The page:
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Product Description

Product Description

Schuman : A Free Song - Copland : Appalachian Spring - Sowerby : The Canticle of the Sun / Grant Park Orchestra & Chorus - Carlos Kalmar, direction

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Amazon.com: 4.7 out of 5 stars  3 reviews
4 of 4 people found the following review helpful
5.0 out of 5 stars Essential for Fans of 20th Century American Music Aug. 3 2011
By Paul Van de Water - Published on Amazon.com
Format:Audio CD
The Chicago-based record label Cedille has issued many fine recordings of works by American composers. It has paid special attention to Leo Sowerby, who was the Chicago Symphony's "de facto composer-in-residence" during the during the tenure of conductor Frederick Stock. A collection of American works for organ and orchestra by Barber, Piston, Sowerby, and Colgrass American Works for Organ and Orchestra and the only recording of Sowerby's Symphony No. 2 Leo Sowerby: Symphony No. 2 deserve particular mention.

This disc contains two premiere recordings--William Schuman's "A Free Song" and Sowerby's "The Canticle of the Sun." The Schuman piece, winner of the Pulitzer Prize in 1943, sets two excerpts from Walt Whitman's "Drum Taps." Whitman texts always seem to bring out the best in composers--Vaughan Williams ("A Sea Symphony"), Hindemith ("When Lilacs Last in the Dooryard Bloom'd"), Delius ("Sea Drift"), Hanson ("Song of Democracy"), and many more. "Drum Taps" is no exception. The work's Civil War poetry carried renewed resonance in the midst of World War II, and its optimism speaks to us today in a time of economic difficulty.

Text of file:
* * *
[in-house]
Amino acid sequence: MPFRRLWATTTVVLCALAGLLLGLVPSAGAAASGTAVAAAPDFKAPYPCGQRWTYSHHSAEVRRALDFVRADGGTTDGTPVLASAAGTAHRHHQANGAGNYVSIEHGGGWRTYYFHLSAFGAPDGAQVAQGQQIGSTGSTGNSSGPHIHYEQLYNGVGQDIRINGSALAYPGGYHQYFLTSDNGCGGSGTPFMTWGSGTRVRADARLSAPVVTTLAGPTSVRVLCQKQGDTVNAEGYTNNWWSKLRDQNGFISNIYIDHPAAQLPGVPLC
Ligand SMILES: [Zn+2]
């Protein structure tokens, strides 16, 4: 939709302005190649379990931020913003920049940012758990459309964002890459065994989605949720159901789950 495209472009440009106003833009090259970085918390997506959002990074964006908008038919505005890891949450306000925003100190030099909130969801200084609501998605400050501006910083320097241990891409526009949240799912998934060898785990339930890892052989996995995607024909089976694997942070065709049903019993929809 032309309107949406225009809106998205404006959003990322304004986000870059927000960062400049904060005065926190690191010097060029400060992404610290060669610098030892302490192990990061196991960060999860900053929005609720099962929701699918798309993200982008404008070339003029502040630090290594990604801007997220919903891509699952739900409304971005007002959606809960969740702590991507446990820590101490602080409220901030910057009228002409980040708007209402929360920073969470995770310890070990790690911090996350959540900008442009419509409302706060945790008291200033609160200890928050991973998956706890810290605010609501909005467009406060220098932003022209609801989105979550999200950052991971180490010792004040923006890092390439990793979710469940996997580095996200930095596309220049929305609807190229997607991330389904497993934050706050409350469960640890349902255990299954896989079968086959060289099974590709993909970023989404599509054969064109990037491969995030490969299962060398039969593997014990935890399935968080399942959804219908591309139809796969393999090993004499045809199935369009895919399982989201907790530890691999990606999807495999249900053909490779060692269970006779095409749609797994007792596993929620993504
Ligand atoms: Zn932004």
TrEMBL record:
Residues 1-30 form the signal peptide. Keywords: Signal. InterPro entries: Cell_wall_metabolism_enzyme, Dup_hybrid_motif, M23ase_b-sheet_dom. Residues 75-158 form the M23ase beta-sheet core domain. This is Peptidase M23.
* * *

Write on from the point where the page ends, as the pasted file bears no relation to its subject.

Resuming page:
Sowerby's "Canticle," Pulitzer winner in 1946, is based on Matthew Arnold's translation of a poem by St. Francis of Assisi. Hugh Ross, director of the Schola Cantorum in the work's New York premiere, wrote that the composer has made "a panorama of all the elements of heaven and earth which join in praising their creator, and it unfolds in a series of tonal pictures, each motivated by the phrase it describes."

The third and final work on this recording is Aaron Copland's "Appalachian Spring," which won the Pulitzer in 1945. Although the Copland receives a fine performance from Carlos Kalmar and the Grant Park Orchestra, most music lovers will buy the disc for the Schuman and Sowerby. It is essential listening for fans of 20th century American music.
2 of 2 people found the following review helpful
5.0 out of 5 stars Hoping that this is the first in a series Aug. 6 2011
By Gary D. Cannon - Published on Amazon.com
Format:Audio CD|Verified Purchase
Kudos to Cedille Records and the performers for undertaking this project. I hope it is only the first in a series, since so many Pulitzer-winning scores are now difficult to find or were never recorded. The rarities by Schuman and Sowerby are especially well performed, and the pieces themselves are nicely representative of those composers' copious talents. The choir and orchestra are both top-notch.

Buyers should be forewarned that the packaging is phrased somewhat misleadingly regarding Copland's Appalachian Spring. The Pulitzer was granted to the original ballet version for thirteen instruments, but this recording includes the shorter concert suite for full orchestra. This was a mild disappointment to me, as the original version is splendid yet rarely recorded. For those interested in that version, it is available here: A Copland Celebration Vol. 1.
4.0 out of 5 stars Interesting, well performed music March 11 2013
By John J. Puccio - Published on Amazon.com
Format:Audio CD
How is it possible that record companies haven't recorded two Pulitzer Prize-winning pieces of music before now? Well, frankly, as good as they are, they aren't highly accessible, and I can only suppose that most record companies weren't sure they'd sell. Indeed, it may be why Cedille chose to include Copland's Appalachian Spring along with them to ensure the disc's success. Anyway, it's terrifically well performed. Too bad about the live recording, though, which does no favors to the music.

John J. Puccio
Classical Candor
ARRAY(0xaa3f348c)

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